Wayne,

You wrote; "I doubt that it has the "necessary" combinatorial algebra intrinsically tied to its geometry. so no QCD?"

It has. I always find it's better to read things rather than make assumptions. It's a common problem these days. I know some professors only read one paper a month! That means I've read some 10,000 more papers than many professors over the last 20 years! I haven't found conferences any substitute.

Dirac's double stacked paired inverse orthogonal ('complementarity') states are physically implicit, and so called 'entanglement' emerges simply from maintained anti-paralell polar axes and interaction momentum exchange. The last part of the puzzle emerged only recently, deriving the Cos^2 from Cos distributions. I'm sure you'll be impressed. QCD provided a key element in the field interactions for that last part - as my last years essay identified. I suspect there's more in common but perhaps you'll advise.

Declan's essay gives the matching computer code and plot for the ontology and experiment in mine.

Very Best

Peter

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Peter Jackson replied on Feb. 11, 2018 @ 12:30 GMT
Wayne, (reply posted in my string)

Thanks for the support. The link to QED was just what someone pointed out about field depth not anything I 'attempted' to do. However your electron model attachment looks shockingly close to my own some years ago;fqXi finalit 2013-14 Do Bob and Alice have a future? (see the figs etc towards the end). However to remove the weirdness from QM just needs those colours to 'bleed into' each other rather then just 'switch'. Is that excluded in QED?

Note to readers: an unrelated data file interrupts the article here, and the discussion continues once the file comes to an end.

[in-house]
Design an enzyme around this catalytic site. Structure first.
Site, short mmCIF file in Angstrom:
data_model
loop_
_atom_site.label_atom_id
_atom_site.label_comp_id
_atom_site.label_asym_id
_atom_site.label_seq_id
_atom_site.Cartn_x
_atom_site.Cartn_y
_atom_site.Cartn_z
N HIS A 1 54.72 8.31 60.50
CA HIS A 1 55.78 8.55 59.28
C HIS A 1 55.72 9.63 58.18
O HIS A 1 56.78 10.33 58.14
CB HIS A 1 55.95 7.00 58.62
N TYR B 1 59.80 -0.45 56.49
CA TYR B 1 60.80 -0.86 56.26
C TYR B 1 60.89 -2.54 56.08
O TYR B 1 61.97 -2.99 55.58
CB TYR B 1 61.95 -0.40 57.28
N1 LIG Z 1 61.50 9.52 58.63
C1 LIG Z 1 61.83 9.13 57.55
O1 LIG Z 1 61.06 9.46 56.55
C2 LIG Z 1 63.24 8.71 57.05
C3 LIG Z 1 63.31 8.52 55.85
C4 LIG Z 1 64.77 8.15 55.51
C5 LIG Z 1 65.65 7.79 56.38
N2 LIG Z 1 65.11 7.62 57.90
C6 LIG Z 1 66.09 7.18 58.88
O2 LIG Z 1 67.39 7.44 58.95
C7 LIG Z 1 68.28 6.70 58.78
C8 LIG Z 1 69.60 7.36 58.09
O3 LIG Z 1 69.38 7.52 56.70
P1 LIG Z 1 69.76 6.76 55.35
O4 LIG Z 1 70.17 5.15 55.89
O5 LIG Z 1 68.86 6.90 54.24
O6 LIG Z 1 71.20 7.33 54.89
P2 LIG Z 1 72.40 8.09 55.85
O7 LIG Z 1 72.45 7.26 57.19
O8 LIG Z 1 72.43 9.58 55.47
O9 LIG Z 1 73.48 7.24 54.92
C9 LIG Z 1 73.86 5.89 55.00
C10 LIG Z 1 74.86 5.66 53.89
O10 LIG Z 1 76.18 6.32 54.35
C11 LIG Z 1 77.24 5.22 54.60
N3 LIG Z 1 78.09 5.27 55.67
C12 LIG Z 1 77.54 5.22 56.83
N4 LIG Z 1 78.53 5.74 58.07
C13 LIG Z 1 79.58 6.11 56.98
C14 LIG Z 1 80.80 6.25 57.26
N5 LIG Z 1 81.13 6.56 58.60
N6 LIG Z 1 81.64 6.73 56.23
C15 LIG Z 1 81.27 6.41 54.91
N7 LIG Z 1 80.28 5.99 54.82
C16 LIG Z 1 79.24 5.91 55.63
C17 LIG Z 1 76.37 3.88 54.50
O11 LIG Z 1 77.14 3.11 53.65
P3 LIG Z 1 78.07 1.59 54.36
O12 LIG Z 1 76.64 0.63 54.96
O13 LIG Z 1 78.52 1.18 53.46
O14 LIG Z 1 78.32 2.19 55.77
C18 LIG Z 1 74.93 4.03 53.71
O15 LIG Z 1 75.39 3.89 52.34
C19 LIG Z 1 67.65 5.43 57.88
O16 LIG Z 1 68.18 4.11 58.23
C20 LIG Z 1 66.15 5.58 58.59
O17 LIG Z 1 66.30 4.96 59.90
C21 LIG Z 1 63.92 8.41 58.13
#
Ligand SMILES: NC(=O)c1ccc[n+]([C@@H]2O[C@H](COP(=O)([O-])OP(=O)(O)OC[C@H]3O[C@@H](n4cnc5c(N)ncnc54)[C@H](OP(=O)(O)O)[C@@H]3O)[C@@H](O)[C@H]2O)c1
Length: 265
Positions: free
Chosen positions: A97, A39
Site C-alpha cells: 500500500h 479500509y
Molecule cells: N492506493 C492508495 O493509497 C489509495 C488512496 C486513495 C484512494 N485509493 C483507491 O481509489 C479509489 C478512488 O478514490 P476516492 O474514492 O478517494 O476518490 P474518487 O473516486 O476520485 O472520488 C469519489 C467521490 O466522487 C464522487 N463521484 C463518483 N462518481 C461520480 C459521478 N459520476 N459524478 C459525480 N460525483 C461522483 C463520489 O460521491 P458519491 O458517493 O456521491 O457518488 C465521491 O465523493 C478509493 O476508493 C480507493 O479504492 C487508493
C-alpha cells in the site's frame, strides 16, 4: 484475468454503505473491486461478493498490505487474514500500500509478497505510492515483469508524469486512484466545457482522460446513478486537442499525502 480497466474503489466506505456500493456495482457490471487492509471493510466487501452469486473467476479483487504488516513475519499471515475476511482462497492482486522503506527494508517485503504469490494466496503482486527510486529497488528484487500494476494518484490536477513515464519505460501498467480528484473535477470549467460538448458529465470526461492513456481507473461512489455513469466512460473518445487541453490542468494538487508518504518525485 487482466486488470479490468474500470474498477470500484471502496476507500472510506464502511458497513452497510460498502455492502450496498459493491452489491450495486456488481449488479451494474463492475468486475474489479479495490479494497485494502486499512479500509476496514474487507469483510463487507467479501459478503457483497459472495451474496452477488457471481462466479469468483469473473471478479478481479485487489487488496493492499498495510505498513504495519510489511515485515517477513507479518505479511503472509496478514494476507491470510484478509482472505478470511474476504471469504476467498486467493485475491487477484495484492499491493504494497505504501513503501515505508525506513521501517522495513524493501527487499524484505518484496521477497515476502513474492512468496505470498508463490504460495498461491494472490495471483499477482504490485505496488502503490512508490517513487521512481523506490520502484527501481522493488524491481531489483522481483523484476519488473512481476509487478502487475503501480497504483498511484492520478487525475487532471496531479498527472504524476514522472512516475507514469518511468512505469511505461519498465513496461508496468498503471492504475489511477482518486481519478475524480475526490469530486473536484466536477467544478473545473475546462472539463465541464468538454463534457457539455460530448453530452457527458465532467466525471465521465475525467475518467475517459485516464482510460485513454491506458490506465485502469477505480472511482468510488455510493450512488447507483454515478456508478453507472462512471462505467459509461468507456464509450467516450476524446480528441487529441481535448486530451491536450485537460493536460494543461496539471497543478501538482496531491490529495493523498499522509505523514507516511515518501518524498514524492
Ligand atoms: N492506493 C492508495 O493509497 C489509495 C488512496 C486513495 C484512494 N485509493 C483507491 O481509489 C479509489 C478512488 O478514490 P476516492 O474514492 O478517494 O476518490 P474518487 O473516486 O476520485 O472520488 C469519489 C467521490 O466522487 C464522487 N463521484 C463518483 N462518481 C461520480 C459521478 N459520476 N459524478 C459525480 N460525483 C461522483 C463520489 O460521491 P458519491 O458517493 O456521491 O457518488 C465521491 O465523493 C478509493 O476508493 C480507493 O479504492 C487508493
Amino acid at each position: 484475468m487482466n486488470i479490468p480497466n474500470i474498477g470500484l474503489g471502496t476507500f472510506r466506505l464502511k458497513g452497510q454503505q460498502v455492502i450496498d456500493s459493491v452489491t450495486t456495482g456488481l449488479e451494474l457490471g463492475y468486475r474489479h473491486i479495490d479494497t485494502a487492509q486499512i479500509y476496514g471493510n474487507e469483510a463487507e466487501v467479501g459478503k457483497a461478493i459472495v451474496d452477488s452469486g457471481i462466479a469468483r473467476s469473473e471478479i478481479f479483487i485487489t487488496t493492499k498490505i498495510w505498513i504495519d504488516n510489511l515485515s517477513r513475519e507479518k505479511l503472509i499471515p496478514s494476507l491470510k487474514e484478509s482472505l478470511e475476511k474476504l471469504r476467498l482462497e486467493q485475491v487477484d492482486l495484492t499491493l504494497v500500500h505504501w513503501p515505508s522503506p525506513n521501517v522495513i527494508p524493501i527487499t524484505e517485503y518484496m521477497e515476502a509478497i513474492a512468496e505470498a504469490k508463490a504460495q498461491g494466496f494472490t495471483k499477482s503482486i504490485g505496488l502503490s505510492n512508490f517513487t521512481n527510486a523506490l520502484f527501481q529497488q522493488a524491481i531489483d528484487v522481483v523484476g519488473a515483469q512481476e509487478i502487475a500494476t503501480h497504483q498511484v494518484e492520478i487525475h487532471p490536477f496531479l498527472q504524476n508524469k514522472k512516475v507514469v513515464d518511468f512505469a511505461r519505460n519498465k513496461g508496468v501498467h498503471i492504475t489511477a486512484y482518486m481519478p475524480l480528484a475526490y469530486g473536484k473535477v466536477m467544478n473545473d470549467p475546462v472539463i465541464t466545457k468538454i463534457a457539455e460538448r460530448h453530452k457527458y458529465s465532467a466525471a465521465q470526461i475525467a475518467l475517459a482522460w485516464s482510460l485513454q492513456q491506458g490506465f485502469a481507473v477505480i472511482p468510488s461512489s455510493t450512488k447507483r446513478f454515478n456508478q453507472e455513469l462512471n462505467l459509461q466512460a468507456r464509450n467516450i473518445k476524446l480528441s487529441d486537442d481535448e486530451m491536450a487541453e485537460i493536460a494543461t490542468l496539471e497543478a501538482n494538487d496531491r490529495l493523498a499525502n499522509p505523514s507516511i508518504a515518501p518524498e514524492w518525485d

It seems you 'switched off' from the essay just when it opened up the ontology for a classical reproduction of QM predictions, as it headed off your own familiar path (indeed m MOST peoples paths!), so you missed the big finale! Do look again if you get a chance. It's consistent with Bell and this important paper, referred in Gordon Watson's consistent paper; Fröhner, F. H. (1998). “Missing link between probability theory and quantum mechanics: the Riesz-Fejér theorem.” Z. Naturforsch. 53a, 637-654.

Very best

Peter

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Hans van Leunen wrote on Feb. 5, 2018 @ 14:35 GMT
None of the contemporary physical theories, including QED, QCD, string theory and LQG features a proper foundation.

Only the basic structure that was discovered and introduced by Garrett Birkhoff and John von Neumann in 1936 is a serious candidate for the foundation of physical reality. Some scientists followed that path but never explored it seriously. The Hilbert Book Model Project takes up the button and reaches interesting results.

https://en.wikiversity.org/wiki/Hilbert_Book_Model_P
roject

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Author Wayne R Lundberg replied on Feb. 7, 2018 @ 23:56 GMT